I am from a small private for-profit company, let us call it CompanyA for this example.

We are using a popular java framework called SpringBoot to build our software on top of it. The license of SpringBoot is Apache 2: https://github.com/spring-projects/spring-boot/blob/main/LICENSE.txt

Now, our team is building a small project on top of SpringBoot. We called our small project Alice.

However, we did not indicate any license for project Alice.


  1. Therefore, what would be the license of project Alice?
  2. Does it "inherit" the license of SpringBoot, making the licensing of Alice https://github.com/spring-projects/spring-boot/blob/main/LICENSE.txt as well?
  3. Again, I did not indicate any license for project Alice. But I claim in my company " Alice is proprietary to our company CompanyA and meant for internal use". Is that claim correct?
  4. What to do to make Alice "proprietary to our company CompanyA and meant for internal use"?
  • This question has the answer. I would vote to close it, but the question has a bounty, so closing is not possible at the moment. Commented May 31 at 10:20

1 Answer 1


I don't know SpringBoot, so I don't know if works built on top of it are considered to be derivatives of SpringBoot by copyright law. But here's the thing: we don't need to care.

If SpringBoot were licensed under a "copyleft" free licence, that would be an important question, since such licences generally require that derivative works be licensed under the same terms. But Apache is one of the "permissive" free licences, which don't have such a requirement. They do require things like the preservation of existing copyright notices, and in Apache's case, the contents of any pre-existing NOTICE file; you might want to do those anyway, since they're not onerous, and that allows you to completely dodge the "derivative work" question. Note also that any chunks of code you copy directly from SpringBoot into your codebase would continue to be covered by the Apache licence.

You further note that this new work is not intended for distribution outside CompanyA. Assuming all your changes are done by employees of CompanyA, and thus CompanyA is the sole (additional) rightsholder in the work, the decision not to distribute it is an additional protection against obligations. As the GPL FAQ notes, purely-internal use by a company isn't distribution, so those obligations which are triggered by distribution (including Apache2 s4) don't apply.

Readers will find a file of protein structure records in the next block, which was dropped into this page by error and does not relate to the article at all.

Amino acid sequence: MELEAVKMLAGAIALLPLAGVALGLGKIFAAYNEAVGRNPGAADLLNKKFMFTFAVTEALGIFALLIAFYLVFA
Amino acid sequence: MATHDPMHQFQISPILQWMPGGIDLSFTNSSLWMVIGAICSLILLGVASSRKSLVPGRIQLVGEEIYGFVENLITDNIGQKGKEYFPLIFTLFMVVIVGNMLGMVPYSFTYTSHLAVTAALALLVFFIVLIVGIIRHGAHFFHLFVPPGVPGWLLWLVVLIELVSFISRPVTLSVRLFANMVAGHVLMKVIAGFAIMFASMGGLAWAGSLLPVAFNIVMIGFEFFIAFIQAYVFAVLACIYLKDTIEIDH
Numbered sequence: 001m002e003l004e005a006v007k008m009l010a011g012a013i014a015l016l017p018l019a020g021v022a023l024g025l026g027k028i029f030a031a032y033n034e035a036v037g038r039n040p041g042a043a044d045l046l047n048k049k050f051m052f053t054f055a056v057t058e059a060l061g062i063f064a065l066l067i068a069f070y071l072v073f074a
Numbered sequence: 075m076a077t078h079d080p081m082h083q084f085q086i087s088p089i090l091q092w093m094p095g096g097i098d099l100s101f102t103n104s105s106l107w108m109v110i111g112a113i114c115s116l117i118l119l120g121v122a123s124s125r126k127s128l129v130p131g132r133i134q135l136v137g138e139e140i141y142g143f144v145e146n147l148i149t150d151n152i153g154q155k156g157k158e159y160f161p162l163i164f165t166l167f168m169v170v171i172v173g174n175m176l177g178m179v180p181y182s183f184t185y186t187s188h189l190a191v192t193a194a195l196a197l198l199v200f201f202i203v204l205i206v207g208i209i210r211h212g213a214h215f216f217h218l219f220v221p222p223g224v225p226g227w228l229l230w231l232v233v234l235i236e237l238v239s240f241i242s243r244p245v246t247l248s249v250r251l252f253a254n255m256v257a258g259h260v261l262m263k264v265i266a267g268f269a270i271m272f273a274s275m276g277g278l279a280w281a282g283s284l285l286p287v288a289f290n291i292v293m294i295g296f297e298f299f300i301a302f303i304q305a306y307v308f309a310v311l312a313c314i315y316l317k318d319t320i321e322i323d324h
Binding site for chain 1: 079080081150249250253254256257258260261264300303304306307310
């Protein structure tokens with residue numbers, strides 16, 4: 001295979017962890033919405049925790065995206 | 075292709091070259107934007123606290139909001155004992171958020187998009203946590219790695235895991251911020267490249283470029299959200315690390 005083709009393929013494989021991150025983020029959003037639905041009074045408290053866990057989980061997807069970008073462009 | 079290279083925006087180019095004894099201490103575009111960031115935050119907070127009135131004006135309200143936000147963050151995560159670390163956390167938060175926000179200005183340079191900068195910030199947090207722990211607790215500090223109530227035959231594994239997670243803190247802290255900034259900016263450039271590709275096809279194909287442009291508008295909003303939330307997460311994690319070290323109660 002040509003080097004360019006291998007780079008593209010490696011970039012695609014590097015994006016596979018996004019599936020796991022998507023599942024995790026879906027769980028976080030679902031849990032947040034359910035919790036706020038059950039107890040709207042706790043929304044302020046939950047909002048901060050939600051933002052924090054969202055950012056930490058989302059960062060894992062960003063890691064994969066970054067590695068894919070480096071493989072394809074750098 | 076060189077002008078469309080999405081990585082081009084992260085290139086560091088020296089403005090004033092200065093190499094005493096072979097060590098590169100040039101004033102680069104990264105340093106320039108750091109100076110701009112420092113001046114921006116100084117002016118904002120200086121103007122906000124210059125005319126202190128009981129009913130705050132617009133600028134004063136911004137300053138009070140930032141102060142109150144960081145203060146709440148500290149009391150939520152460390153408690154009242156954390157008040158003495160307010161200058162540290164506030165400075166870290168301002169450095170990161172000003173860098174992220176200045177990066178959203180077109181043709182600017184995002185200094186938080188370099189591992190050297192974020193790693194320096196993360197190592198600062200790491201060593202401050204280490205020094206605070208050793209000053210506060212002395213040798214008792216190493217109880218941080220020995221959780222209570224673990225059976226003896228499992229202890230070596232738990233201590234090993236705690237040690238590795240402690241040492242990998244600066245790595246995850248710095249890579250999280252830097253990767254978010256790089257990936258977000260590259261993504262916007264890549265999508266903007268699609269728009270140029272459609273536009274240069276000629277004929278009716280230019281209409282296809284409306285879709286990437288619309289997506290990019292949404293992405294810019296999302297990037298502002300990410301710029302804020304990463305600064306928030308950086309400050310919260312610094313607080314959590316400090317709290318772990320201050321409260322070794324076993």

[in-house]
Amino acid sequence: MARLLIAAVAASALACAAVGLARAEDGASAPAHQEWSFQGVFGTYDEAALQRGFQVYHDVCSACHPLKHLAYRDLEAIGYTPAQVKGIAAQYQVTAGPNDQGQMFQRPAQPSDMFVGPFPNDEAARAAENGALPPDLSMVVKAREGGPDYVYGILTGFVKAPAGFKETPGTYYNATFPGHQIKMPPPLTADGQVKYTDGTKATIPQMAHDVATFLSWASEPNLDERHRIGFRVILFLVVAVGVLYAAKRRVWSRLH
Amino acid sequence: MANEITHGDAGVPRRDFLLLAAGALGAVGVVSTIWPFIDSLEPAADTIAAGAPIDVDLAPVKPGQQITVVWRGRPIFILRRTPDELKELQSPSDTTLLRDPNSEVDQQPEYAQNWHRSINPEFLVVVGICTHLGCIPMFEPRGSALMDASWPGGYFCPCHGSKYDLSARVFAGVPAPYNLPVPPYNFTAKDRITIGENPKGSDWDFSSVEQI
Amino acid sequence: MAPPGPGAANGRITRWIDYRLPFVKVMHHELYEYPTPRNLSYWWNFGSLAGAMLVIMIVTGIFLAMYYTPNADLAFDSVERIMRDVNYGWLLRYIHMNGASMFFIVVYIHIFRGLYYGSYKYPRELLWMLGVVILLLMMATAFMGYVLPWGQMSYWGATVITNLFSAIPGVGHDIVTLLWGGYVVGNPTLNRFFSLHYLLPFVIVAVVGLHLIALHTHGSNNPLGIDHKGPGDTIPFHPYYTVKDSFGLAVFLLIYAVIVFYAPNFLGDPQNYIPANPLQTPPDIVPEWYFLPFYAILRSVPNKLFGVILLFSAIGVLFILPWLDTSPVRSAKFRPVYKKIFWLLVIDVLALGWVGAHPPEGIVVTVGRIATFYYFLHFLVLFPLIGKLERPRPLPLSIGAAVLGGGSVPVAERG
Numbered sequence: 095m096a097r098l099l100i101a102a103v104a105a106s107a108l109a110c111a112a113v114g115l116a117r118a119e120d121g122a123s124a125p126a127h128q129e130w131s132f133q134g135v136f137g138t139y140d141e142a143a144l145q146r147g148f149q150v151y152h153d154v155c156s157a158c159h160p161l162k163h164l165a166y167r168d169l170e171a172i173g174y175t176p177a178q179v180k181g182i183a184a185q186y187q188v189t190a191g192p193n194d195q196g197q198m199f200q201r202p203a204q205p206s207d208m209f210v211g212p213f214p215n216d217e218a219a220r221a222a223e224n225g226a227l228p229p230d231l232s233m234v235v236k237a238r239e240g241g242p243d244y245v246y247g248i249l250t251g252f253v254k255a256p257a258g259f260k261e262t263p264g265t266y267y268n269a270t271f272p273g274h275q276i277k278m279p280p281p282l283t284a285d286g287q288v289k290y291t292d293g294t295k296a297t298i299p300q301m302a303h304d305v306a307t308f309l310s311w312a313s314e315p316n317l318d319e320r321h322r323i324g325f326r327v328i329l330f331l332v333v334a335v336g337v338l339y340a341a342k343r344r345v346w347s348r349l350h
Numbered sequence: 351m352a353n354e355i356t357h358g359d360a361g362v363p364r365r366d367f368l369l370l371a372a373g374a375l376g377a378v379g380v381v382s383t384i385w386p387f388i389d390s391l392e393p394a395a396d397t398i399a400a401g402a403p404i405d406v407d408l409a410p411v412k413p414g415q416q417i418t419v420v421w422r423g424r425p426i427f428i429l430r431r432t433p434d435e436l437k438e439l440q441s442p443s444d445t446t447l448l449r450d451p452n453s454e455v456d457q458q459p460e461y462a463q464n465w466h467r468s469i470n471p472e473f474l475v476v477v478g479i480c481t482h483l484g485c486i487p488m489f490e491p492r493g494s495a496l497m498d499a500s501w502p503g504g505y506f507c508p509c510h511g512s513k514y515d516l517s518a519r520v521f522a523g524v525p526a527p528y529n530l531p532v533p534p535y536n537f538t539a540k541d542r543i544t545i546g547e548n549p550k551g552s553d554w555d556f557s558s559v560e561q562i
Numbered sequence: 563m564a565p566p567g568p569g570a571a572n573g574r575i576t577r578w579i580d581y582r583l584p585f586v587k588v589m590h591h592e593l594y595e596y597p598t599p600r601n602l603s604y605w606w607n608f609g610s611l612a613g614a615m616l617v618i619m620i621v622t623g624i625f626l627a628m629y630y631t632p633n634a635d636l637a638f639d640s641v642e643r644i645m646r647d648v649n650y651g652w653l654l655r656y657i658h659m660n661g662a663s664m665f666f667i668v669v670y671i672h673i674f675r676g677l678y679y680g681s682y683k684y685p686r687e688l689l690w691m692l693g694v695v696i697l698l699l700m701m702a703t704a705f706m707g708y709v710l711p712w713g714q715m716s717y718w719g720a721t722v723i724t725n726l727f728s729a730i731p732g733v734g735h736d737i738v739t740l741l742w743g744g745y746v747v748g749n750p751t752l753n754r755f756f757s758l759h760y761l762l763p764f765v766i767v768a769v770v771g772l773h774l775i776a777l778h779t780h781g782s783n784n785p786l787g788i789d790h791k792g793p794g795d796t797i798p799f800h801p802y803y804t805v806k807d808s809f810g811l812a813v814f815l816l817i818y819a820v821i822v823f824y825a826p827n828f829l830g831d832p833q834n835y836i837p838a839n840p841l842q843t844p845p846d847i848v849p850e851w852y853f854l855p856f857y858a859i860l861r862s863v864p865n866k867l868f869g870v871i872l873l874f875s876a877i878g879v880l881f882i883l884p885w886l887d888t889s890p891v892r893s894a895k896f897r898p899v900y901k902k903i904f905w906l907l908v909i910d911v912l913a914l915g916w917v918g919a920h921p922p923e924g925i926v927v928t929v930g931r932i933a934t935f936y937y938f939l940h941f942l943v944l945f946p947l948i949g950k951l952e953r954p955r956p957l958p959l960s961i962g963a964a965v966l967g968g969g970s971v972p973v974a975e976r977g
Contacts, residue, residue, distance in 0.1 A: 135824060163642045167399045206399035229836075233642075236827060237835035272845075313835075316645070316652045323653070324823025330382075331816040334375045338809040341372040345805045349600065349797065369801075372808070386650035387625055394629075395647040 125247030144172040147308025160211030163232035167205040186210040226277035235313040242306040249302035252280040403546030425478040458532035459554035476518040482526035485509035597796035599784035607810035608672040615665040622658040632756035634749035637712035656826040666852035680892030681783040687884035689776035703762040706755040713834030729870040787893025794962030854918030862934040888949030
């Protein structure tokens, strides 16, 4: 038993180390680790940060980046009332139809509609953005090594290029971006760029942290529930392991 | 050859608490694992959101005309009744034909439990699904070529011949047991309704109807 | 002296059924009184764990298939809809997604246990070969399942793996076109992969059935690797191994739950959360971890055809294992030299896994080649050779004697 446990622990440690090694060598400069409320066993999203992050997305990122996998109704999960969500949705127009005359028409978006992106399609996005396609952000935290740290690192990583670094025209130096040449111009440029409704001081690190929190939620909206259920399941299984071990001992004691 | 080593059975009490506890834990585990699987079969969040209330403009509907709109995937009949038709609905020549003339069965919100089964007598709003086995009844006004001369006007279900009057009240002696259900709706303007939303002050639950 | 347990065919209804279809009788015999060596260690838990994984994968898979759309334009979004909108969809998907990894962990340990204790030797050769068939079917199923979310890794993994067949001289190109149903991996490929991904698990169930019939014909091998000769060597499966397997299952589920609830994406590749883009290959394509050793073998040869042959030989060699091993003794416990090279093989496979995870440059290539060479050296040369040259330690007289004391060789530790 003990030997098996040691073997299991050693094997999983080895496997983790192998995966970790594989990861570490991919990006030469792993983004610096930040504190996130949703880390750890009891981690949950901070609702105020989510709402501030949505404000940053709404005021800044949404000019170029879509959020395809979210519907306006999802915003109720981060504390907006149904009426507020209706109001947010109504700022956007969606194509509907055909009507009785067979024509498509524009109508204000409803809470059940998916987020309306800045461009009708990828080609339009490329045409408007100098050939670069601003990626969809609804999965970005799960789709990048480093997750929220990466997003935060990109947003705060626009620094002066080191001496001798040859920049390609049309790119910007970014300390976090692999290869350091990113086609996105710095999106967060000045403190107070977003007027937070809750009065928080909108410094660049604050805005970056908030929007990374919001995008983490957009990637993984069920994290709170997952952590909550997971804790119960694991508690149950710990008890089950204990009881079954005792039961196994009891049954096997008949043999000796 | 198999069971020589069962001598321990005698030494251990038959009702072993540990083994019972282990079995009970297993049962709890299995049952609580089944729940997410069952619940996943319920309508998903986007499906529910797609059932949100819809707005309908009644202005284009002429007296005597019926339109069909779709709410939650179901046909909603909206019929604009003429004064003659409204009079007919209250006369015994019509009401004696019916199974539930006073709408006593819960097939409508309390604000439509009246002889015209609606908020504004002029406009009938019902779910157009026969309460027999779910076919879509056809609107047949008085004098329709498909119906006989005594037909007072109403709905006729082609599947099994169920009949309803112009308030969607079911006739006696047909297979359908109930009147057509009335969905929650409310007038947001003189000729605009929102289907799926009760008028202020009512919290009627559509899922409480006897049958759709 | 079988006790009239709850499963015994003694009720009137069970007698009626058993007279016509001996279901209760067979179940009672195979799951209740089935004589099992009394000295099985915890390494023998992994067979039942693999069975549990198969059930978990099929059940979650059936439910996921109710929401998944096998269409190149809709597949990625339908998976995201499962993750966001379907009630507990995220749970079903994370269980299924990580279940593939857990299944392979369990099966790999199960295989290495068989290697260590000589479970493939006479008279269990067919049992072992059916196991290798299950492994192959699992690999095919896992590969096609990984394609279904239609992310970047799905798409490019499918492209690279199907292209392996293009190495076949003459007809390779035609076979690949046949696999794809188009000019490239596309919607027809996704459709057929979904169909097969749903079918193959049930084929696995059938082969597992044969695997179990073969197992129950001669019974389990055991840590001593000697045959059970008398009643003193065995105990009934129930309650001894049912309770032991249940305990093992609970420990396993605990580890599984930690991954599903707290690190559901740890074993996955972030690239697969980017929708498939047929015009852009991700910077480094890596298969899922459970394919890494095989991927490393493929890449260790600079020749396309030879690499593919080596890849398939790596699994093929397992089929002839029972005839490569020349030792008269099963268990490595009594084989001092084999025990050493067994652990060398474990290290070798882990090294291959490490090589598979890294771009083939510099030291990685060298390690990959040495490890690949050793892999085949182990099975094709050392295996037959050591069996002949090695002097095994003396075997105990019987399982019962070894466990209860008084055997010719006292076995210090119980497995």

So, to answer your questions:

  1. It's up to you.

  2. No.

  3. Assuming you don't distribute it outside CompanyA, yes (and as the FAQ notes, that includes no offsite copies for external contractors).

  4. Don't give anyone else a copy!

  • “purely-internal use by a company isn't distribution” — Why not?  Don't licence terms apply within a company?  Of course, if software isn't being distributed to anyone outside a company, then the company needn't provide the source to anyone outside either.  But if an employee uses the software as part of their job, shouldn't they be entitled to its source, in the same way as anyone else?  If a megacorp modifies a GPL app and has tens of thousands of its employees use it, doesn't that violate the spirit of the GPL at least?
    – gidds
    Commented Jun 3 at 21:04
  • This is what I am trying to understand. And if I see no license. What is preventing me to just distribute it outside? Except for the implicit company rule
    – PatPanda
    Commented Jun 4 at 5:14
  • @gidds firstly, read the GPL FAQ to understand why it's not distribution. You can argue the moral point until the cows come home, but from a legal standpoint when an individual makes a copy of something (s)he already has, copying has occurred, but distribution has not, and this is as true when the individual is a legal person as when (s)he's a physical one. Yes, licence terms apply inside a company, but if those licence terms are triggered by distribution - as most significant free software licence obligations are - the absence of distribution is relevant.
    – MadHatter
    Commented Jun 4 at 6:50
  • @PatPanda if you see no licence, you have no right to use the code at all.
    – MadHatter
    Commented Jun 4 at 6:51
  • Ah, so legally, it's corporate personhood that prevents internal sharing from counting as distribution — yes, that makes sense.  (Though I guess we'd need a lawyer to understand the details of how corporate and natural personhood might interact.)  And, as you say, that makes the moral difference moot.  Thanks.
    – gidds
    Commented Jun 4 at 13:11

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